Subject(s)
COVID-19 , Humans , Intensive Care Units , SARS-CoV-2 , Vital Signs
6.
Crit Care Med ; 50(4): 595-606, 2022 04 01.
Article in English | MEDLINE | ID: covidwho-1462525

ABSTRACT

OBJECTIVES: To investigate healthcare system-driven variation in general characteristics, interventions, and outcomes in coronavirus disease 2019 (COVID-19) patients admitted to the ICU within one Western European region across three countries. DESIGN: Multicenter observational cohort study. SETTING: Seven ICUs in the Euregio Meuse-Rhine, one region across Belgium, The Netherlands, and Germany. PATIENTS: Consecutive COVID-19 patients supported in the ICU during the first pandemic wave. INTERVENTIONS: None. MEASUREMENTS AND MAIN RESULTS: Baseline demographic and clinical characteristics, laboratory values, and outcome data were retrieved after ethical approval and data-sharing agreements. Descriptive statistics were performed to investigate country-related practice variation. From March 2, 2020, to August 12, 2020, 551 patients were admitted. Mean age was 65.4 ± 11.2 years, and 29% were female. At admission, Acute Physiology and Chronic Health Evaluation II scores were 15.0 ± 5.5, 16.8 ± 5.5, and 15.8 ± 5.3 (p = 0.002), and Sequential Organ Failure Assessment scores were 4.4 ± 2.7, 7.4 ± 2.2, and 7.7 ± 3.2 (p < 0.001) in the Belgian, Dutch, and German parts of Euregio, respectively. The ICU mortality rate was 22%, 42%, and 44%, respectively (p < 0.001). Large differences were observed in the frequency of organ support, antimicrobial/inflammatory therapy application, and ICU capacity. Mixed-multivariable logistic regression analyses showed that differences in ICU mortality were independent of age, sex, disease severity, comorbidities, support strategies, therapies, and complications. CONCLUSIONS: COVID-19 patients admitted to ICUs within one region, the Euregio Meuse-Rhine, differed significantly in general characteristics, applied interventions, and outcomes despite presumed genetic and socioeconomic background, admission diagnosis, access to international literature, and data collection are similar. Variances in healthcare systems' organization, particularly ICU capacity and admission criteria, combined with a rapidly spreading pandemic might be important drivers for the observed differences. Heterogeneity between patient groups but also healthcare systems should be presumed to interfere with outcomes in coronavirus disease 2019.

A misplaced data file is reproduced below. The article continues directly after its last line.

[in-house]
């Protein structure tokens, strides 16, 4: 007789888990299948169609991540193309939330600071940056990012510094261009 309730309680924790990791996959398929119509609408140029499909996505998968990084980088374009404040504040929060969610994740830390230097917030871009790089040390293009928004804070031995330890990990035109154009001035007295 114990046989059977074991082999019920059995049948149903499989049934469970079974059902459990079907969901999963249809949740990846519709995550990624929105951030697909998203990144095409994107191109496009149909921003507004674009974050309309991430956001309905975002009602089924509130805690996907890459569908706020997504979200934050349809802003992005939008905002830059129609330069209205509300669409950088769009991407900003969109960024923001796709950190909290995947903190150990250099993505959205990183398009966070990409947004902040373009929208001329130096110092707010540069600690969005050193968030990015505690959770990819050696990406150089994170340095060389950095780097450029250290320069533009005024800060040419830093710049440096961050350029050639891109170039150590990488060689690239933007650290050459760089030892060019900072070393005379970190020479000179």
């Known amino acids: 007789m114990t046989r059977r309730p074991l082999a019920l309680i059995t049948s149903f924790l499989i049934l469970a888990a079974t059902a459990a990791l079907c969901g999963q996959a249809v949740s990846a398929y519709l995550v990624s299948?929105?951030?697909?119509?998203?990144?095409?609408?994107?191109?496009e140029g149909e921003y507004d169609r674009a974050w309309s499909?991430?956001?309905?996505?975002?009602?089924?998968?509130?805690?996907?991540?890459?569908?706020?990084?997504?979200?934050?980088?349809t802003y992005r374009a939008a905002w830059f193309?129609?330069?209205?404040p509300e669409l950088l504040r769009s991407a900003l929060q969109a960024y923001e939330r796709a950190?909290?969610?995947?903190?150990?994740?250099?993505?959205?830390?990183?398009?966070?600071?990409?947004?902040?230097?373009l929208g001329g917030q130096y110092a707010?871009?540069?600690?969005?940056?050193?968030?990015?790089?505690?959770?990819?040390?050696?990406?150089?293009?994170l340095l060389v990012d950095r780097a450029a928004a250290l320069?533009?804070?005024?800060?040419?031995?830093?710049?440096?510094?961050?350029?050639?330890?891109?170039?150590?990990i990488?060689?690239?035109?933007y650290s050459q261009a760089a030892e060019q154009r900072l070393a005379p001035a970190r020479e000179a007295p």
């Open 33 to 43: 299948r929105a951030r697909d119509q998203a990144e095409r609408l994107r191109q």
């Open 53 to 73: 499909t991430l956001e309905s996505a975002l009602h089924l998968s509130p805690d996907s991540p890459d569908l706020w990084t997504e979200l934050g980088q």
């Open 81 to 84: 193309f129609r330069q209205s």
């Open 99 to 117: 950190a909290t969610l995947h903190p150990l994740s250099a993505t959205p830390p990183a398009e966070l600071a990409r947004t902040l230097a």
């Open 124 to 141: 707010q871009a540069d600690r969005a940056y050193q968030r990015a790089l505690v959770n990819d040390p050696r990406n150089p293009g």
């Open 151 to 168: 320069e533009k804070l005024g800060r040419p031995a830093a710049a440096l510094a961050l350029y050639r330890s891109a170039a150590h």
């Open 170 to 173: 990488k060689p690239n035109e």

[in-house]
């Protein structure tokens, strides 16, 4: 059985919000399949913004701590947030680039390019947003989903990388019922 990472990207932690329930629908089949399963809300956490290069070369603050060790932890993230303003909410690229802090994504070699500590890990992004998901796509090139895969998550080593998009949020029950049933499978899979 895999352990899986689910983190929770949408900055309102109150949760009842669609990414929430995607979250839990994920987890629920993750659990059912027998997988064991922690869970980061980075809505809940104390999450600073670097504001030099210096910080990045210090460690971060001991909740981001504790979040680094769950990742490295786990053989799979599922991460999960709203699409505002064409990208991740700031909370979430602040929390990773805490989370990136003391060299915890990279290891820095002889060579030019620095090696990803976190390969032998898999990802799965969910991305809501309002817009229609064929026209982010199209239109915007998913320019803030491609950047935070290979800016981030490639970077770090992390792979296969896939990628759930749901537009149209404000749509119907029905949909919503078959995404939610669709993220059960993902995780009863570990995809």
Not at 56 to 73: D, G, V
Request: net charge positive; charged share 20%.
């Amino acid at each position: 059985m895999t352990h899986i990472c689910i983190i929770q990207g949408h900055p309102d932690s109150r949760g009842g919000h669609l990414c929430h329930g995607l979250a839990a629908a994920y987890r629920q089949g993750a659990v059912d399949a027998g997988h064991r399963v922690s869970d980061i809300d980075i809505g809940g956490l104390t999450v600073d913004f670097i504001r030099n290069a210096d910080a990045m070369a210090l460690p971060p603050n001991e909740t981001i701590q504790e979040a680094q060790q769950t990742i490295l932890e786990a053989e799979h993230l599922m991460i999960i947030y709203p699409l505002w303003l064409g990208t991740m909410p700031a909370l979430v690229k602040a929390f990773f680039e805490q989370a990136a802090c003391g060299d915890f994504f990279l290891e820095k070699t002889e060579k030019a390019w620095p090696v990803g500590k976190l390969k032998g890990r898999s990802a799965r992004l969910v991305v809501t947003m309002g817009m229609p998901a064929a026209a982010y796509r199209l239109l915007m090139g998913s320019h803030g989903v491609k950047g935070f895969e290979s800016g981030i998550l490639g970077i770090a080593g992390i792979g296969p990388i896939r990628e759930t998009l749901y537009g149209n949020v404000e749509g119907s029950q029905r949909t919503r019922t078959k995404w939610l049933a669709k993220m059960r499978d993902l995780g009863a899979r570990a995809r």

Subject(s)
COVID-19/therapy , Critical Care/methods , Intensive Care Units , APACHE , Aged , COVID-19/mortality , Cohort Studies , Europe/epidemiology , Female , Humans , Intensive Care Units/organization & administration , Intensive Care Units/statistics & numerical data , Logistic Models , Male , Middle Aged , Patient Acuity , Patient Transfer , Treatment Outcome
8.
Blood Coagul Fibrinolysis ; 32(4): 290-293, 2021 Jun 01.
Article in English | MEDLINE | ID: covidwho-1066463

ABSTRACT

Respiratory failure in coronavirus disease 2019 (COVID-19) patients is one of the most frequent causes for referral to the ICU. A significant percentage of these patients does not survive the infection due to thromboembolic complications. Furthermore, the vascular system seems also to be involved in the pathogenesis. To investigate the role of hemostasis and endothelium on the outcome of COVID-19 patients admitted to the ICU. Blood was drawn from 16 ICU COVID-19 patients for hemostatic analysis. Patients were followed-up till discharge (n = 11) or death (n = 5). Parameters related to both coagulation and fibrinolysis, though disturbed, were not associated with mortality. Contrarily, activated Von Willebrand factor was increased and ADAMTS13 levels were decreased by two-fold in nonsurvivors compared with survivors. Our data established the involvement of the Von Willebrand factor-ADAMTS13 axis in the COVID-19 pathogenesis, thereby demonstrating that these plasma proteins seem to be strong predictors for ICU mortality.


Subject(s)
ADAMTS13 Protein/blood , COVID-19/blood , Endothelium, Vascular/physiopathology , SARS-CoV-2 , von Willebrand Factor/analysis , ADAMTS13 Protein/deficiency , Aged , Aged, 80 and over , Biomarkers , Blood Proteins/analysis , COVID-19/complications , COVID-19/mortality , Cross-Sectional Studies , Endothelium, Vascular/metabolism , Extracorporeal Circulation , Female , Fibrinolysin/biosynthesis , Fibrinolysis , Hemostasis , Heparin/therapeutic use , Humans , Intensive Care Units , Male , Middle Aged , Partial Thromboplastin Time , Prognosis , SARS-CoV-2/isolation & purification , Thrombin/biosynthesis